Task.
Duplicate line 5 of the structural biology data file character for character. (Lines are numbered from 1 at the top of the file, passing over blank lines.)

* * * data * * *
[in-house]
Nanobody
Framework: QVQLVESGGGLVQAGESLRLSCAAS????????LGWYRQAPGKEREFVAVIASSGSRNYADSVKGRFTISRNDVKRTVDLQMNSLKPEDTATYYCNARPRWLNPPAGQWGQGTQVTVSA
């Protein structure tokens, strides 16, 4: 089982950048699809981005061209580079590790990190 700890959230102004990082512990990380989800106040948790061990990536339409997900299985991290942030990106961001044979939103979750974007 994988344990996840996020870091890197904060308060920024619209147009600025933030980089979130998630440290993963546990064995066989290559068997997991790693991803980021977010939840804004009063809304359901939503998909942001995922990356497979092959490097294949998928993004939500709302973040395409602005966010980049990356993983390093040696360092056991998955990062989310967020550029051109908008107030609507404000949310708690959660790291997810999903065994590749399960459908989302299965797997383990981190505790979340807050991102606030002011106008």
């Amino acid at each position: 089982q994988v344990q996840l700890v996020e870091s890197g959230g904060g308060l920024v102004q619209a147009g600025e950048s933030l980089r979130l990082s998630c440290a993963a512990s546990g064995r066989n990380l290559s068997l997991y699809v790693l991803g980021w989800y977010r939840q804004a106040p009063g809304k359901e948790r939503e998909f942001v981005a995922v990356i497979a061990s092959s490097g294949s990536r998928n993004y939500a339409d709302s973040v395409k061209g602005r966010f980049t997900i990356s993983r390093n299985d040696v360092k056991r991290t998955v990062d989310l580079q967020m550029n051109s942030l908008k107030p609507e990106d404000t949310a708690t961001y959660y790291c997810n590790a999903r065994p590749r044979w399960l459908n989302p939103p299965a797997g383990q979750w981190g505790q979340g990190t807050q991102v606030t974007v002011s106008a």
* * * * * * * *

């Amino acid at each position: 089982q994988v344990q996840l700890v996020e870091s890197g959230g904060g308060l920024v102004q619209a147009g600025e950048s933030l980089r979130l990082s998630c440290a993963a512990s546990g064995r066989n990380l290559s068997l997991y699809v790693l991803g980021w989800y977010r939840q804004a106040p009063g809304k359901e948790r939503e998909f942001v981005a995922v990356i497979a061990s092959s490097g294949s990536r998928n993004y939500a339409d709302s973040v395409k061209g602005r966010f980049t997900i990356s993983r390093n299985d040696v360092k056991r991290t998955v990062d989310l580079q967020m550029n051109s942030l908008k107030p609507e990106d404000t949310a708690t961001y959660y790291c997810n590790a999903r065994p590749r044979w399960l459908n989302p939103p299965a797997g383990q979750w981190g505790q979340g990190t807050q991102v606030t974007v002011s106008a």